Port of Long Beach Accepts 125 Acres of Navy Property for Cargo Operations

navytransferport

Photo courtesy of the Port of Long Beach.

U.S. Navy, Maritime Administration and California Environmental Protection Agency representatives joined City of Long Beach and Port of Long Beach (POLB) officials Tuesday to commemorate the approval to transfer ownership of 125 acres of the former Naval Complex to the city, according to an announcement released this week.

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The Pier T container terminal, in the former Navy facility, is one of the POLB’s busiest, has the ability to serve megaships and handles billions of dollars’ worth of trade, according to the release.

The 125 acres, located on Terminal Island, were a part of the former Naval Shipyard and Long Beach Naval Station that the Navy agreed to transfer to the Harbor Department as part of the ongoing defense base closures that began with the collapse of the Soviet Union and the end of the Cold War, according to the release.

The Navy’s presence on Terminal Island started with the purchase of 100 acres from Long Beach in 1940, leading up to World War II.

In 1998, U.S. Navy and city officials first worked out a lease agreement for the Harbor Department to take control of the 500-acre complex, enabling the port to break ground on Pier T, while the ownership transfer is set to occur in stages as environmental issues are resolved, according to the release.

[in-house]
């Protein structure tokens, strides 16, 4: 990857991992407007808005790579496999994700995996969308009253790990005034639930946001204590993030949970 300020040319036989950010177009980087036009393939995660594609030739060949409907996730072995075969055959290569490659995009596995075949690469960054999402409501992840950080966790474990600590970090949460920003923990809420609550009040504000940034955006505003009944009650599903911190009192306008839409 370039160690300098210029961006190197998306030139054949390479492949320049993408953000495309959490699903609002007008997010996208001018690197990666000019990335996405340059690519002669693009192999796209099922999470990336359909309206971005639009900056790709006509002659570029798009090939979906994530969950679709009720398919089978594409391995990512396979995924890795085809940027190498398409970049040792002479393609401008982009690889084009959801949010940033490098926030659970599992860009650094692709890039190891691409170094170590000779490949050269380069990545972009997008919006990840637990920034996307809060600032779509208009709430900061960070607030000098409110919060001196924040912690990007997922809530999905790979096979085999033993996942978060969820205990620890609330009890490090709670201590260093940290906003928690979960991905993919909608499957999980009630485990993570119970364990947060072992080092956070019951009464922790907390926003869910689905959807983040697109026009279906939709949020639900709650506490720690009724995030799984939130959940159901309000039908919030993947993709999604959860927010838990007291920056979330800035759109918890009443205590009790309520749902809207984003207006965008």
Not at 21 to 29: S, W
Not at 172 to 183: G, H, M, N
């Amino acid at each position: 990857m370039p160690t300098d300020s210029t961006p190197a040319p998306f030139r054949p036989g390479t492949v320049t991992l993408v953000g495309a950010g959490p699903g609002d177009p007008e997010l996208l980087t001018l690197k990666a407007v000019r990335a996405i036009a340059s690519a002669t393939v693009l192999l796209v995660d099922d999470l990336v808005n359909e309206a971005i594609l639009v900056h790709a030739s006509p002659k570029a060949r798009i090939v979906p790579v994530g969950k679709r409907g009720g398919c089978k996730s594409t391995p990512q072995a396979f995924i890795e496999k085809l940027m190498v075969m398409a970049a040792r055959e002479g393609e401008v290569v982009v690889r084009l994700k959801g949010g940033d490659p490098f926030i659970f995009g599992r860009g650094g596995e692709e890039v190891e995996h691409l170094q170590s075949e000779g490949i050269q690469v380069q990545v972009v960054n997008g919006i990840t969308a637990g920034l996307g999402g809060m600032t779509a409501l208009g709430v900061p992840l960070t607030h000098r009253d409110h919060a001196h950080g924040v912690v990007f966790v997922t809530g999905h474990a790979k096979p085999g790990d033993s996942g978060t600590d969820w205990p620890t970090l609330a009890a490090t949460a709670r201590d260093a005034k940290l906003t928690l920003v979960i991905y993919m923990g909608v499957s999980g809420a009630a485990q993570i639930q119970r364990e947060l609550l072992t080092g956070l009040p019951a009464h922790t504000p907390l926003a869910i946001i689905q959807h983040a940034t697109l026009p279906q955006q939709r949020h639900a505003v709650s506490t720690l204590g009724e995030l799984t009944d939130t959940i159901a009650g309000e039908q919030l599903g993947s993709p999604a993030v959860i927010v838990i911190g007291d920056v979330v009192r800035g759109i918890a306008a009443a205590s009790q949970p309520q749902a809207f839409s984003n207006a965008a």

The Navy deeded more than half of the property to the city in 2001. There are two smaller sections of acreage left to be transferred in the next few years after this current transfer fo 125. The Maritime Administration (MARAD) is facilitating the process under its Port Conveyance Program.

“The Navy Base Realignment and Closure team is proud to have played a key role ensuring this 125 acres was environmentally suitable for transfer and continued port-related reuse,” said Kim Ostrowski, the director of the Navy Base Realignment and Closure Program Management Office West, in a statement. “Any effort of this magnitude takes a great deal of teamwork; the Navy and the Port of Long Beach, along with state and federal regulatory agencies, have worked diligently to develop and implement cost-effective cleanup solutions to facilitate this property transfer.”

“It’s a proven fact that investments in port infrastructure foster long-term job creation, encourage economic redevelopment, and ensure the availability of adequate port capacity to meet the nation’s future trade and defense needs,” stated Maritime Administrator Paul “Chip” Jaenichen.

Alongside the Total Terminals International container shipping terminal on Pier T, the property is also home to Energia Logistics United States, which operates Sea Launch, a satellite-launching company. It is also home to a dock for the Maritime Administration’s Ready Reserve Force, according to the release.

“This property transfer is a symbol of the successful partnership between the Navy, MARAD and the City of Long Beach that turned the closure of a major Navy facility into a thriving commercial terminal,” said Harbor Commissioner Tracy Egoscue in a statement. “The transformation of the Naval Complex into a shipping terminal has been a major step forward. The Commission thanks the many people and agencies involved.”

The Port of Long Beach is one of the world’s premier seaports, a gateway for trans-Pacific trade and a trailblazer in goods movement and environmental stewardship. With 175 shipping lines connecting Long Beach to 217 seaports, the Port handles $180 billion in trade annually, supporting hundreds of thousands of Southern California jobs.



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